Exposed: What It’s Really Like To Sail The Mekong River
October 16, 2015
Our specialist cruise consultant John was recently lucky enough to do what he calls, one of the “ultimate cruises” – The Mekong River. He sailed with APT Travelmarvel and had the trip of a lifetime, traveling around Ho Chi Minh City in Vietnam to Siem Reap in Cambodia. We interviewed him to find out what he really thought of the trip and to find out his top travel tips for those of you considering a venture to the Far East!
We know this trip has long been on your bucket list- how did it live up to your expectations?
It smashed my expectations, both countries were more beautiful than I could have imagined.
We first had two nights at the Grand Hotel Saigon, followed by eight days on board the La Marguerite river cruise ship. At the end of the river cruise we were transferred to Siem Reap to stay in the wonderful Shinta Mani Resort. This tour started brilliantly in Ho Chi Minh City (Saigon) and just got better and better each day. I saw and experienced sites that will stay in my memory for ever.
You can read more about John’s overview of this trip here.
What can passengers who have cruised on river ships in Europe expect from this one? How was your ship different?
La Marguerite has a very colonial feel about it, the décor is very classy, yet understated. The bathrooms seemed huge compared to other river cruise ships I have been on. I have had excellent customer service on all the river cruise ships I have been on but there seemed to be a genuine warmth from the Vietnamese and Cambodian crew on this ship.
Having completed a few cruises on European rivers, where, from the outside most of the ships look very similar, long, narrow and low, La Marguerite looked very different when I first clapped eyes on her. She has a capacity for less than a hundred passengers, the space you get inside the ship is incredible, the cabins are huge. The facilities on board were included massage rooms, a fitness room and a larger than expected pool on the sun deck.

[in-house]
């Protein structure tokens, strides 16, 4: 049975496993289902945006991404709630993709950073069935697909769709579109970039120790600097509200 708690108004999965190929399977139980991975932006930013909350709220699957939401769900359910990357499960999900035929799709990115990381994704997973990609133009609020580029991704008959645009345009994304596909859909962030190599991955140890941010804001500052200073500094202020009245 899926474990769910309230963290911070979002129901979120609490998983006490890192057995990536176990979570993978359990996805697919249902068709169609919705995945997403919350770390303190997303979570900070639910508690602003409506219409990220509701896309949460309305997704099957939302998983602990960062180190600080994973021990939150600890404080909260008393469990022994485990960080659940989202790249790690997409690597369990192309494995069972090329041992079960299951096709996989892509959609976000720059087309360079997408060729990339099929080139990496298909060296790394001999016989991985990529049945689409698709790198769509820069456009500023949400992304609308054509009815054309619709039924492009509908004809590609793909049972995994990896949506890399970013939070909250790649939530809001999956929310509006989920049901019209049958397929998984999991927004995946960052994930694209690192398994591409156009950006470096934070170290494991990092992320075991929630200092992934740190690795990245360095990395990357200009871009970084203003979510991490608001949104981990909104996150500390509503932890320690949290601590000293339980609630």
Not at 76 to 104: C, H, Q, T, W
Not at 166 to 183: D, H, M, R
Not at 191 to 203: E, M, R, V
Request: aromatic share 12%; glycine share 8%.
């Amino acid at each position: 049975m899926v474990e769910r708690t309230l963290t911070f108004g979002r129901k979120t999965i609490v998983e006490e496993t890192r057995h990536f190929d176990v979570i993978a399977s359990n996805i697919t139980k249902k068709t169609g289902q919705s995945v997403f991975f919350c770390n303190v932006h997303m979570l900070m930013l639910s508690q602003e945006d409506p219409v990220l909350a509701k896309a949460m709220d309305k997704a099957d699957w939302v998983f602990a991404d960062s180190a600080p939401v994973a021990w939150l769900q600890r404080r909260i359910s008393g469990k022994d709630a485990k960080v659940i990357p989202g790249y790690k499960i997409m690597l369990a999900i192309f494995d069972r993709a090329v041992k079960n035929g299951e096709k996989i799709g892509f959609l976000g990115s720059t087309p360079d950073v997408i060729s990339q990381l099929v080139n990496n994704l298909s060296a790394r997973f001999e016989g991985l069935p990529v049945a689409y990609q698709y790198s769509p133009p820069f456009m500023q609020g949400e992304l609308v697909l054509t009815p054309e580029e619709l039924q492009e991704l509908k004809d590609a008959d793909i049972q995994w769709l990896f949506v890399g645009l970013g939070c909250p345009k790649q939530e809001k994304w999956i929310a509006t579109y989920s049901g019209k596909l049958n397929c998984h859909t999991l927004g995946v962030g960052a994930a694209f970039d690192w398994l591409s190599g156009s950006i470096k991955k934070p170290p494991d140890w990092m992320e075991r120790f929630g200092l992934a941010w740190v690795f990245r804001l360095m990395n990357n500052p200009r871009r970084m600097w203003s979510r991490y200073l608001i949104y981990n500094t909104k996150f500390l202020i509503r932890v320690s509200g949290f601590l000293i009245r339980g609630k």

If you want to learn more about the ship, click to read John’s blog about it here!
Did you stay in other accommodation on your trip? What was that like?
I stayed in the Grand Saigon Hotel in Ho Chi Minh City in Vietnam, which was a great location for walking to places of interest, bars and restaurants. Travelmarvel did a great job of selecting good quality accommodation in a great location, making it easy to explore easily. I also stayed in the Shinta Mani Resort in Siem Reap, Cambodia. This was my favourite hotel. Great staff, food, location and rooms. This is a four star that should be a five star, I loved it.
How immersive did you feel the experience was? Did you get to meet with any local people? Was it difficult to communicate?
It was a very immersive trip, Travelmarvel has got this worked out perfectly. In almost all cases, the locals knew at least a few words of English and because of their culture they are very keen to know what seems like very personal things about you, such as your age, how many children you have and so on. This was mentioned by our guides beforehand so it was not a surprise, in fact it was very endearing.
Did you take any optional excursions? Were they worth the money?
I chose the Tuk Tuk tour in Phnom Penh. It was a really authentic way to get around and generally viewed as safer than going by moto taxi! The tour only cost a few dollars and was great fun and a superb way to see more of the Cambodian capital with its bustling local markets and pagodas. Remember that a map might not be much use for you as it’s unlikely your driver will be able to read it. Learn a few basic directions in Khmer (an easy one to remember is chop, meaning stop!) or use the names of the nearest markets to get to the areas you want to see, drivers will not always be familiar with the landmarks that Westerners are interested in.